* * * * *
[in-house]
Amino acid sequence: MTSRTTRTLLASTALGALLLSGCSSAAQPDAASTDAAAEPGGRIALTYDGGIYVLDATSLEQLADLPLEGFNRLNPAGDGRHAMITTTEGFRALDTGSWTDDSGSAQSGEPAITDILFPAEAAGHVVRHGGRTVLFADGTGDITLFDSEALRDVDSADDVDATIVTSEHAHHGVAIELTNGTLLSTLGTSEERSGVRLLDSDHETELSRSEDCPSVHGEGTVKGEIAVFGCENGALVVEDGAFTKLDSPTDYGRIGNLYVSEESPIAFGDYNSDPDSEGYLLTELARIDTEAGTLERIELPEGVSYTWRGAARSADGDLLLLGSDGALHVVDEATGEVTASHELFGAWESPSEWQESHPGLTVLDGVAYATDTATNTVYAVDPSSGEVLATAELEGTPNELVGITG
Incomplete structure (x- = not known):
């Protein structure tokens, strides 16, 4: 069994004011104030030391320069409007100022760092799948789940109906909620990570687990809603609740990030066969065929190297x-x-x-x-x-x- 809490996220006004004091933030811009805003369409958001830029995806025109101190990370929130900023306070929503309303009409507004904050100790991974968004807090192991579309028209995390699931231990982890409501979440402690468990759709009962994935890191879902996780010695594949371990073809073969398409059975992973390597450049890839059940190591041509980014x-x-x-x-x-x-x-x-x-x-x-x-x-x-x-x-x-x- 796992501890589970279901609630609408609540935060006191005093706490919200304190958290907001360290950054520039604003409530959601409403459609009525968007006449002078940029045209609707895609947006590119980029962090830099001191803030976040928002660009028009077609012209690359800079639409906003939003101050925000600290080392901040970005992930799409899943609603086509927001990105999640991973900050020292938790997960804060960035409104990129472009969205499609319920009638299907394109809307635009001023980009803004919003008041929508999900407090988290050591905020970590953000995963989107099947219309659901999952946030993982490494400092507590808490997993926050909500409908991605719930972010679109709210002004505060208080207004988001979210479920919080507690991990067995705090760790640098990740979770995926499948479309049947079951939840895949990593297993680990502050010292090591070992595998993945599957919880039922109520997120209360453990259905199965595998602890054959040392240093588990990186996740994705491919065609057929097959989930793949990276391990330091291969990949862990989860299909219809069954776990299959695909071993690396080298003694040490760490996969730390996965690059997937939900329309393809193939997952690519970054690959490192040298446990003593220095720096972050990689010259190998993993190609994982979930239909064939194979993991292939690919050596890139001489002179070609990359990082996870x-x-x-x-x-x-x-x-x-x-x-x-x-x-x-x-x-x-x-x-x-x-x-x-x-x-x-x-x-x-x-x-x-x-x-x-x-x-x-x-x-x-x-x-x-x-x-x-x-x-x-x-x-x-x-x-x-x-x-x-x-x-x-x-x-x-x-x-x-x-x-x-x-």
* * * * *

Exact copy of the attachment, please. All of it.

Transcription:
[in-house]
Amino acid sequence: MTSRTTRTLLASTALGALLLSGCSSAAQPDAASTDAAAEPGGRIALTYDGGIYVLDATSLEQLADLPLEGFNRLNPAGDGRHAMITTTEGFRALDTGSWTDDSGSAQSGEPAITDILFPAEAAGHVVRHGGRTVLFADGTGDITLFDSEALRDVDSADDVDATIVTSEHAHHGVAIELTNGTLLSTLGTSEERSGVRLLDSDHETELSRSEDCPSVHGEGTVKGEIAVFGCENGALVVEDGAFTKLDSPTDYGRIGNLYVSEESPIAFGDYNSDPDSEGYLLTELARIDTEAGTLERIELPEGVSYTWRGAARSADGDLLLLGSDGALHVVDEATGEVTASHELFGAWESPSEWQESHPGLTVLDGVAYATDTATNTVYAVDPSSGEVLATAELEGTPNELVGITG
Incomplete structure (x- = not known):
């Protein structure tokens, strides 16, 4: 069994004011104030030391320069409007100022760092799948789940109906909620990570687990809603609740990030066969065929190297x-x-x-x-x-x- 809490996220006004004091933030811009805003369409958001830029995806025109101190990370929130900023306070929503309303009409507004904050100790991974968004807090192991579309028209995390699931231990982890409501979440402690468990759709009962994935890191879902996780010695594949371990073809073969398409059975992973390597450049890839059940190591041509980014x-x-x-x-x-x-x-x-x-x-x-x-x-x-x-x-x-x- 796992501890589970279901609630609408609540935060006191005093706490919200304190958290907001360290950054520039604003409530959601409403459609009525968007006449002078940029045209609707895609947006590119980029962090830099001191803030976040928002660009028009077609012209690359800079639409906003939003101050925000600290080392901040970005992930799409899943609603086509927001990105999640991973900050020292938790997960804060960035409104990129472009969205499609319920009638299907394109809307635009001023980009803004919003008041929508999900407090988290050591905020970590953000995963989107099947219309659901999952946030993982490494400092507590808490997993926050909500409908991605719930972010679109709210002004505060208080207004988001979210479920919080507690991990067995705090760790640098990740979770995926499948479309049947079951939840895949990593297993680990502050010292090591070992595998993945599957919880039922109520997120209360453990259905199965595998602890054959040392240093588990990186996740994705491919065609057929097959989930793949990276391990330091291969990949862990989860299909219809069954776990299959695909071993690396080298003694040490760490996969730390996965690059997937939900329309393809193939997952690519970054690959490192040298446990003593220095720096972050990689010259190998993993190609994982979930239909064939194979993991292939690919050596890139001489002179070609990359990082996870x-x-x-x-x-x-x-x-x-x-x-x-x-x-x-x-x-x-x-x-x-x-x-x-x-x-x-x-x-x-x-x-x-x-x-x-x-x-x-x-x-x-x-x-x-x-x-x-x-x-x-x-x-x-x-x-x-x-x-x-x-x-x-x-x-x-x-x-x-x-x-x-x-």